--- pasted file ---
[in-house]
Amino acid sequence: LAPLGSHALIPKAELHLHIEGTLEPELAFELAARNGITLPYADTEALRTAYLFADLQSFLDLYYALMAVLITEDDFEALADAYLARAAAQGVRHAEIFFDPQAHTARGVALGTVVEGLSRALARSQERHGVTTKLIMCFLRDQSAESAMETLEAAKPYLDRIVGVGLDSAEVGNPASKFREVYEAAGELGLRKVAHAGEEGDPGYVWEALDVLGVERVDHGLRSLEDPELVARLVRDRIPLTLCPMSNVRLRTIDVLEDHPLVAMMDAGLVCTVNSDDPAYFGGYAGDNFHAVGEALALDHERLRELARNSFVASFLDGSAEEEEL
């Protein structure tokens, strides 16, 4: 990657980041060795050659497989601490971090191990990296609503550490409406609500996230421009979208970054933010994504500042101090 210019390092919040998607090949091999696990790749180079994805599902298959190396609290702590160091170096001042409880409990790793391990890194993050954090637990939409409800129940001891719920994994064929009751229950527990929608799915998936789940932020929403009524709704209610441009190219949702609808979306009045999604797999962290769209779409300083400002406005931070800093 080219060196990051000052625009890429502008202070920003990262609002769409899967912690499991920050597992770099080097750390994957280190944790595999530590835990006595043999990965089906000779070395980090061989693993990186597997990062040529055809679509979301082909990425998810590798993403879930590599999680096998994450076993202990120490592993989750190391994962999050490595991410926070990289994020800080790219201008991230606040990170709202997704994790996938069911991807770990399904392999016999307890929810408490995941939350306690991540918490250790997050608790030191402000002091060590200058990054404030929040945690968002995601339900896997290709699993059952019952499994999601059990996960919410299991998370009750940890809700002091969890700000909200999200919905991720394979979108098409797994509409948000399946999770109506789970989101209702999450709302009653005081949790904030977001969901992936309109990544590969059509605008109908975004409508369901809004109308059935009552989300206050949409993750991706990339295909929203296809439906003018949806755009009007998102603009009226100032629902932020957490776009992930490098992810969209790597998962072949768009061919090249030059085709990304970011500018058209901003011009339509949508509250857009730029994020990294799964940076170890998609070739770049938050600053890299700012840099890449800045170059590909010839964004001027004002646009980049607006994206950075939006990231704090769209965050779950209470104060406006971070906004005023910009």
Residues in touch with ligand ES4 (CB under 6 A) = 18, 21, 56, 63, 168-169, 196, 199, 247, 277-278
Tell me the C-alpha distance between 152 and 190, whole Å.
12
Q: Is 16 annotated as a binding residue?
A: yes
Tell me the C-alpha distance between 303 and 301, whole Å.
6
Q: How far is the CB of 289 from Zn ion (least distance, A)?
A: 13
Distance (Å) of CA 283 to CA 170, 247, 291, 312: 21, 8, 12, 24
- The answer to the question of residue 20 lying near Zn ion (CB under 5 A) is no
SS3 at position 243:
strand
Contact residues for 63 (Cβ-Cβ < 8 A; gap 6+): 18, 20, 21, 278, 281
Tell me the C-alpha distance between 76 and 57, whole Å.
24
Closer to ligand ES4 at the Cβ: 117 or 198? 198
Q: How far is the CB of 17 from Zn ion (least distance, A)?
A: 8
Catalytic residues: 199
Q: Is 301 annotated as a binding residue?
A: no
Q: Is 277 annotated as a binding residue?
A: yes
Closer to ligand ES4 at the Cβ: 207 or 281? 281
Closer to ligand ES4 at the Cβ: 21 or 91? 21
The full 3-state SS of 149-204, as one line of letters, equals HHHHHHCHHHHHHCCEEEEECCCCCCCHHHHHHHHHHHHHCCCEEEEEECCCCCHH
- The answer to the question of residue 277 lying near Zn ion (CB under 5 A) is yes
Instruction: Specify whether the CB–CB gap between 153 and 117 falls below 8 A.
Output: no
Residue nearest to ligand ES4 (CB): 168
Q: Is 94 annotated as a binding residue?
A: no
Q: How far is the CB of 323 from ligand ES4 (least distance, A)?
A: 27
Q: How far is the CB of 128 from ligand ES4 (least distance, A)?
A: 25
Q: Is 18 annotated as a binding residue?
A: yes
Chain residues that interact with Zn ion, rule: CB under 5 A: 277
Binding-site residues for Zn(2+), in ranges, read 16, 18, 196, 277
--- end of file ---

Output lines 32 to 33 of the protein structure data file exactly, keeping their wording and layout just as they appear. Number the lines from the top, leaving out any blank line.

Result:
Instruction: Specify whether the CB–CB gap between 153 and 117 falls below 8 A.
Output: no